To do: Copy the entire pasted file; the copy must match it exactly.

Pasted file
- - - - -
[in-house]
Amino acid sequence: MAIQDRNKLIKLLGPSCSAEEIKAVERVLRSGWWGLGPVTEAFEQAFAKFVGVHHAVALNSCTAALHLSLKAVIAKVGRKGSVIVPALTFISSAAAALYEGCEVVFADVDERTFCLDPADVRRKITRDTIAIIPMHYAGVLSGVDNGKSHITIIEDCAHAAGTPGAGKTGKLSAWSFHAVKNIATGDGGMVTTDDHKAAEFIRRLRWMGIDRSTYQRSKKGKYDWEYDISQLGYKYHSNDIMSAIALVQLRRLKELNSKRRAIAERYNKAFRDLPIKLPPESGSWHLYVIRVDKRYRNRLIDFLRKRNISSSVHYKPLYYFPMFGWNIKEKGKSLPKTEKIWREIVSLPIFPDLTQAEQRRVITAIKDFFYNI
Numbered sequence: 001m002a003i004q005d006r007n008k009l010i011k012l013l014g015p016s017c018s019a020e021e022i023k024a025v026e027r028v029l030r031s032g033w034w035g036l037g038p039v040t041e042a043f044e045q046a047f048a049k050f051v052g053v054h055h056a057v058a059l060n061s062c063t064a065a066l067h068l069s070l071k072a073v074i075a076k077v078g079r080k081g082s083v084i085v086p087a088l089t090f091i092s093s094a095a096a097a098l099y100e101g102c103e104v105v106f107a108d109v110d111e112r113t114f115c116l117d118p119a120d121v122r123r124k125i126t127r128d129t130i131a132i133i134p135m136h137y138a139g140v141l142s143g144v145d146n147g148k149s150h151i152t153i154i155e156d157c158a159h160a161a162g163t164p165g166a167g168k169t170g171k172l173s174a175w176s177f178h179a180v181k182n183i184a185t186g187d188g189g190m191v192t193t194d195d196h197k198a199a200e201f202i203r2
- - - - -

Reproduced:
[in-house]
Amino acid sequence: MAIQDRNKLIKLLGPSCSAEEIKAVERVLRSGWWGLGPVTEAFEQAFAKFVGVHHAVALNSCTAALHLSLKAVIAKVGRKGSVIVPALTFISSAAAALYEGCEVVFADVDERTFCLDPADVRRKITRDTIAIIPMHYAGVLSGVDNGKSHITIIEDCAHAAGTPGAGKTGKLSAWSFHAVKNIATGDGGMVTTDDHKAAEFIRRLRWMGIDRSTYQRSKKGKYDWEYDISQLGYKYHSNDIMSAIALVQLRRLKELNSKRRAIAERYNKAFRDLPIKLPPESGSWHLYVIRVDKRYRNRLIDFLRKRNISSSVHYKPLYYFPMFGWNIKEKGKSLPKTEKIWREIVSLPIFPDLTQAEQRRVITAIKDFFYNI
Numbered sequence: 001m002a003i004q005d006r007n008k009l010i011k012l013l014g015p016s017c018s019a020e021e022i023k024a025v026e027r028v029l030r031s032g033w034w035g036l037g038p039v040t041e042a043f044e045q046a047f048a049k050f051v052g053v054h055h056a057v058a059l060n061s062c063t064a065a066l067h068l069s070l071k072a073v074i075a076k077v078g079r080k081g082s083v084i085v086p087a088l089t090f091i092s093s094a095a096a097a098l099y100e101g102c103e104v105v106f107a108d109v110d111e112r113t114f115c116l117d118p119a120d121v122r123r124k125i126t127r128d129t130i131a132i133i134p135m136h137y138a139g140v141l142s143g144v145d146n147g148k149s150h151i152t153i154i155e156d157c158a159h160a161a162g163t164p165g166a167g168k169t170g171k172l173s174a175w176s177f178h179a180v181k182n183i184a185t186g187d188g189g190m191v192t193t194d195d196h197k198a199a200e201f202i203r2